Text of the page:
4:   The Discussion Group    We now have a discussion group “Untold Dylan” on Facebook.  Just type the phrase “Untold Dylan” in, on your Facebook page or follow this link 

5:  Bob Dylan’s creativity.   We’re fascinated in taking the study of Dylan’s creative approach further.  The index is in Dylan’s Creativity.

6: You might also like: A classification of Bob Dylan’s songs and partial Index to Dylan’s Best Opening Lines

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3 Responses to Bob Dylan and James Joyce: making the old new again

  1. Good Lord! You’re going way too fast for me, Larry. I spent the fourth part of the day looking for the ‘deadman’s shield’ in my copy of The Canterbury Tales and now you have going through Ulysses. I have to put you down for a while. lol.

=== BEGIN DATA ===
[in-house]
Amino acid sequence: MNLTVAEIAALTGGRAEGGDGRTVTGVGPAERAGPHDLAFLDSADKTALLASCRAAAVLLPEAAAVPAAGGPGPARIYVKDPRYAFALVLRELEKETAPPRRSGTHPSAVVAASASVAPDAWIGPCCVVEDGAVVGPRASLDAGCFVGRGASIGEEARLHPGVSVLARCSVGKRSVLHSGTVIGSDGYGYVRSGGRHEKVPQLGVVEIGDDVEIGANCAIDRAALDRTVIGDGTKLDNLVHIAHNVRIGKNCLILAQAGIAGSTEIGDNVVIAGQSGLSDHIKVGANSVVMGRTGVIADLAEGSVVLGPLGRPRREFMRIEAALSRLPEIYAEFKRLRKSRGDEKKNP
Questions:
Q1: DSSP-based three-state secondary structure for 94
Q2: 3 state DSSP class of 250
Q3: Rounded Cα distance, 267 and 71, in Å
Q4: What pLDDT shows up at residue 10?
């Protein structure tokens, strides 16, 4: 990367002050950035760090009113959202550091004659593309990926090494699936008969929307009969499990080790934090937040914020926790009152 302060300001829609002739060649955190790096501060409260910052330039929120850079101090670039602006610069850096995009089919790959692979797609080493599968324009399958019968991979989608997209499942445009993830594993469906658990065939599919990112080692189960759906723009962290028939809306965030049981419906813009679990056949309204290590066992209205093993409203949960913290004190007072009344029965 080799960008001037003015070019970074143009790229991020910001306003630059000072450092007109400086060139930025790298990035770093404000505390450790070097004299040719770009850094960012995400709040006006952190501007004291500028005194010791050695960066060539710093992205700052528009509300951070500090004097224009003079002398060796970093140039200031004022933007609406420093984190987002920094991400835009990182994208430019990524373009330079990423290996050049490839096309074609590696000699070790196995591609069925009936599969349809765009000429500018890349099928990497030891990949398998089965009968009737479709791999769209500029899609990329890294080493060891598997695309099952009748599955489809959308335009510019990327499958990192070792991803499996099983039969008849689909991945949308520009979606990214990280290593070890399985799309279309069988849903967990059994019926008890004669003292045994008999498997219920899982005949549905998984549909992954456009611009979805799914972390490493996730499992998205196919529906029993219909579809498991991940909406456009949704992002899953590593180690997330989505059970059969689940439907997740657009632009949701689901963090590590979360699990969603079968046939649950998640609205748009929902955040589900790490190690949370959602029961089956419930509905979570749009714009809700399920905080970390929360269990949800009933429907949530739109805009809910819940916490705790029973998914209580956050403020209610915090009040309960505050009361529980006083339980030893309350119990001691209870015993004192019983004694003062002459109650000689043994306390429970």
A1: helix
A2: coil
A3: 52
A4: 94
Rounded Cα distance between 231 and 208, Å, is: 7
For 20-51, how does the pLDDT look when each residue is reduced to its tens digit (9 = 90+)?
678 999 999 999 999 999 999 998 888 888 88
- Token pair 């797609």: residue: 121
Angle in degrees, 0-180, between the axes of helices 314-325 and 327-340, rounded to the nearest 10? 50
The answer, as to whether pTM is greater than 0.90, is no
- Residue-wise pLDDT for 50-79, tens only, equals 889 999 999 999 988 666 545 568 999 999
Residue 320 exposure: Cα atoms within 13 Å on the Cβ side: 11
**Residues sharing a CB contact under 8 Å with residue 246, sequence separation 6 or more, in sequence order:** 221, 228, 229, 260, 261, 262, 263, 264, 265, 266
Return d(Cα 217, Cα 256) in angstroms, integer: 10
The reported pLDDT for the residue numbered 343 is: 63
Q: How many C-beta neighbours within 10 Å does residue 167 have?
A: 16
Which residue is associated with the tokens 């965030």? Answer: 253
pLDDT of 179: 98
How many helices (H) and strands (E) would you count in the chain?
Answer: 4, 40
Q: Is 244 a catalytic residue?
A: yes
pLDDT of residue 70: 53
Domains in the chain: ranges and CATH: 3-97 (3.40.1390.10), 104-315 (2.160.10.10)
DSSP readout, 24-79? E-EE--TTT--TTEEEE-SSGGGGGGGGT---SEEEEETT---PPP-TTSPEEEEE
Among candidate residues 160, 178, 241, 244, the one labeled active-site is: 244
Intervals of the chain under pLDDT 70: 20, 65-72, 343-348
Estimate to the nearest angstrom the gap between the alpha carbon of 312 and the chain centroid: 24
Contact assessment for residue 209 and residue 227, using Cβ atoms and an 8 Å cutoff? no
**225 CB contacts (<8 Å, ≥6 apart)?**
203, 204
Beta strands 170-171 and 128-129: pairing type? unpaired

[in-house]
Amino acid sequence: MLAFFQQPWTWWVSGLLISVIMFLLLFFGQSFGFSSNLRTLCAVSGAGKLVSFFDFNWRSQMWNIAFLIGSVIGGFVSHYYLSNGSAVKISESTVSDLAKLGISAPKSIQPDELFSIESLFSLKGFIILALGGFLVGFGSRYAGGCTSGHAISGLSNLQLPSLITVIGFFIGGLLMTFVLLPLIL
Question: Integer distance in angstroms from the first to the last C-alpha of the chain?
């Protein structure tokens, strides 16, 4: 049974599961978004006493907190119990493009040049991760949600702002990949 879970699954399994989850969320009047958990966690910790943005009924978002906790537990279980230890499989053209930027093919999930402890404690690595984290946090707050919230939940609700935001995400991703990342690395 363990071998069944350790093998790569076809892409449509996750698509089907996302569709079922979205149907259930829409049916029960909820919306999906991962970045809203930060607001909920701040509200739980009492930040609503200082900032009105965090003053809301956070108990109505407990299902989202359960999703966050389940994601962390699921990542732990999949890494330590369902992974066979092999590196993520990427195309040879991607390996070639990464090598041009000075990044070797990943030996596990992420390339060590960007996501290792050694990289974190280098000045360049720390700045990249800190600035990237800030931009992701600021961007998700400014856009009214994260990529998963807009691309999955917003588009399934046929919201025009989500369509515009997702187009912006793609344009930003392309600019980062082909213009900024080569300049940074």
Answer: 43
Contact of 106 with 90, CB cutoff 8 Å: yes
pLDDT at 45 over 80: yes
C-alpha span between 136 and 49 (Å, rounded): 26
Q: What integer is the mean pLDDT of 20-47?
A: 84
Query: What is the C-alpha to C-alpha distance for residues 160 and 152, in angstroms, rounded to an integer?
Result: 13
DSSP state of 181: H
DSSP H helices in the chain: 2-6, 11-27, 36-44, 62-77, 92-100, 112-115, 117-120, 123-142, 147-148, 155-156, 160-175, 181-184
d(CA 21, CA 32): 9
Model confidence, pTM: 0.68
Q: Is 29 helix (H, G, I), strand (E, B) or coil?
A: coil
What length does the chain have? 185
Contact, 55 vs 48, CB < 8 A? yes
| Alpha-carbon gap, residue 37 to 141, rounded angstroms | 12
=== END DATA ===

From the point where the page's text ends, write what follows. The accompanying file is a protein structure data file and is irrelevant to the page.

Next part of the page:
In my version of the Knight’s tale it says:
    “On these bore one who bore Arcita’s shield”.
    Arcita being dead, making his shield a dead man’s shield.
    So I spent the fifth part of the day searching for the original online and that goes:
    “Ther seten folk, of whiche oon baar his sheeld,”
    So I am wondering where you’ve read ‘deadman’s shield”, because that would be the version that Dylan has read. Can you help me?

    I’ll post this reaction also under your Chaucer article.

  2. Larry Fyffe says:

    As does Dylan himself to his own lyrics, there a number of variations on Chaucer’s works and Khayyam’s too(see Chaucer articles).

  3. Larry Fyffe says:

    Scott Warmath says Dylan uses David Wright’s Chaucer ‘translation.’